Making antimicrobial drug discovery more efficient
Antibiotic resistance is a growing public health threat, and we urgently need new antibiotics to protect patients from resistant “superbugs.” Integrating the Shared Platform for Antibiotic Research and Knowledge (SPARK) within CO-ADD, our aim is to enable scientific collaboration and accelerate antibiotic discovery.
SPARK was launched to address the scientific barriers that inhibited the discovery and development of antibiotics against Gram-negative bacteria. Combining data from scientific journals and contributions from individual users and companies that may not be otherwise published, SPARK hosts nearly 160,000 compounds and more than 120,000 associated data points.
The integration of SPARK complements CO-ADD’s open screening initiative and aligns with CO-ADD’s core to engage the global antimicrobial research community to provide an open accessible knowledge for the discovery and development of novel antibiotics. The combined initiatives will continue to connect with the global community and will grow SPARK’s existing collection with high-quality, rich data and enhanced modelling tools.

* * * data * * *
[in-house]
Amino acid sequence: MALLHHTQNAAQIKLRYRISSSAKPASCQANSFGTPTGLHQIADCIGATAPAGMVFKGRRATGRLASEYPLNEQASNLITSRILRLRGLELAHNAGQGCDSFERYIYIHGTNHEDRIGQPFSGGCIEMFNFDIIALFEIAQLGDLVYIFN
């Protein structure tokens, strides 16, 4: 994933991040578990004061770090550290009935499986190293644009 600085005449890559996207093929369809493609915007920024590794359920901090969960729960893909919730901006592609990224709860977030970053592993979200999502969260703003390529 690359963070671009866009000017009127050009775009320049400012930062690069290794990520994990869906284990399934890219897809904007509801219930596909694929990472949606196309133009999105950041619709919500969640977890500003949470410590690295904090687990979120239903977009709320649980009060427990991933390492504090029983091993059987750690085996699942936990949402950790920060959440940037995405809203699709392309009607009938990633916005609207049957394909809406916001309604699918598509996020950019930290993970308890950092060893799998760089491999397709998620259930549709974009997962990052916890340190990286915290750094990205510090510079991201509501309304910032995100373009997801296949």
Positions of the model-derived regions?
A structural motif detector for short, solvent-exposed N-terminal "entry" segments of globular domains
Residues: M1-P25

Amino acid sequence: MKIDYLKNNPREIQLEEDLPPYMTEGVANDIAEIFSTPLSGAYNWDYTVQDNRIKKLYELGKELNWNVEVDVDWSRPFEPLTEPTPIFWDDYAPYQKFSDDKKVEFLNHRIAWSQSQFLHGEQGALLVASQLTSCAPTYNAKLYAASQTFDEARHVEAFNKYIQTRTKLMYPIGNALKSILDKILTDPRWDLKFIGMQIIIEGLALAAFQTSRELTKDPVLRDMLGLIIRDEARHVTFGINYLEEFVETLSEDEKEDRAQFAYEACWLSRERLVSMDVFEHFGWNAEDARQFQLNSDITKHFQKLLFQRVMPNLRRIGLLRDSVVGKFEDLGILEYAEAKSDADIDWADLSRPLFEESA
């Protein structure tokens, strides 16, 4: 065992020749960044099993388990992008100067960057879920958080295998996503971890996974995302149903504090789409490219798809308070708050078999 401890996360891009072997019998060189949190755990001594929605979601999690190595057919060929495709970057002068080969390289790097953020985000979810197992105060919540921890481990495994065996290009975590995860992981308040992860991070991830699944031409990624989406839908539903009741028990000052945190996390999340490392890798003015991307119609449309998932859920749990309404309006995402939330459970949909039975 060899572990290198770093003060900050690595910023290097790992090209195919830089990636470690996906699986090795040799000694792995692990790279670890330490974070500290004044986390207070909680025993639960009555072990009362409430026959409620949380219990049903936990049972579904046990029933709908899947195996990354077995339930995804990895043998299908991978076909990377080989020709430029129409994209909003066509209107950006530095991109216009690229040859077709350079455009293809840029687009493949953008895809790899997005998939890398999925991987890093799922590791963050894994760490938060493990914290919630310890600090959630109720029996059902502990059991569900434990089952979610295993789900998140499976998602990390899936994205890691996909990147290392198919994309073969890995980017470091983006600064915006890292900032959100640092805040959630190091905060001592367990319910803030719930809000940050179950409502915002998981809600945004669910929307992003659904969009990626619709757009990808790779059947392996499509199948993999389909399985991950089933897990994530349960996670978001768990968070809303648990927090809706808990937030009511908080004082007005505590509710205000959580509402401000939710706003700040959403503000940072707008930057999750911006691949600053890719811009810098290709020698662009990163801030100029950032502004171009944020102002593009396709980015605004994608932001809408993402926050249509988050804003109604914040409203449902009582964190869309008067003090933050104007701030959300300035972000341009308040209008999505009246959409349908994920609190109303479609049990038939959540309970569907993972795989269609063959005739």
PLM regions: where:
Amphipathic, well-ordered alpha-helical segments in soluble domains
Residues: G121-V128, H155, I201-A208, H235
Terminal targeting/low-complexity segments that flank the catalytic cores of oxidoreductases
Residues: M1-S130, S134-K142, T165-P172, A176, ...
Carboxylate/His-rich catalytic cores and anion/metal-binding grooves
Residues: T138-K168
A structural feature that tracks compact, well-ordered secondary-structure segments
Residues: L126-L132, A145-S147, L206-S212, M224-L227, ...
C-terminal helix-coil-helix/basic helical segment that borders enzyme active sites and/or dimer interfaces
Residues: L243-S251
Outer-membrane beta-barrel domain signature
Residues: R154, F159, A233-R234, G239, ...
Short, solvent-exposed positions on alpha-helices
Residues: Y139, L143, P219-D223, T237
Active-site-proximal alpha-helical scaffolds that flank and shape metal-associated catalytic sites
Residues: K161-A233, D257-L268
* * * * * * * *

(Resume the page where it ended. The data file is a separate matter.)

Our goal is to deliver a more robust and comprehensive drug discovery pipeline that enables researchers to learn, design and test their compounds, and ultimately, develop novel antimicrobials. We are actively planning to add more data and functionality to SPARK. To keep informed on further developments on SPARK and CO-ADD, please subscribe to the CO-ADD newsletter
Accessing SPARK DataSPARK archived data can be accessed via the Collaborative Drug Discovery Vault. We'll be working to add more data and functionality, so stay tuned!
SPARK was a data sharing initiative created and operated by The PEW Charitable Trusts to spur the discovery of novel antibiotics. This initiative was transferred to the Community for Open Antimicrobial Drug discovery (CO-ADD) at The University of Queensland in 2021 to continue its development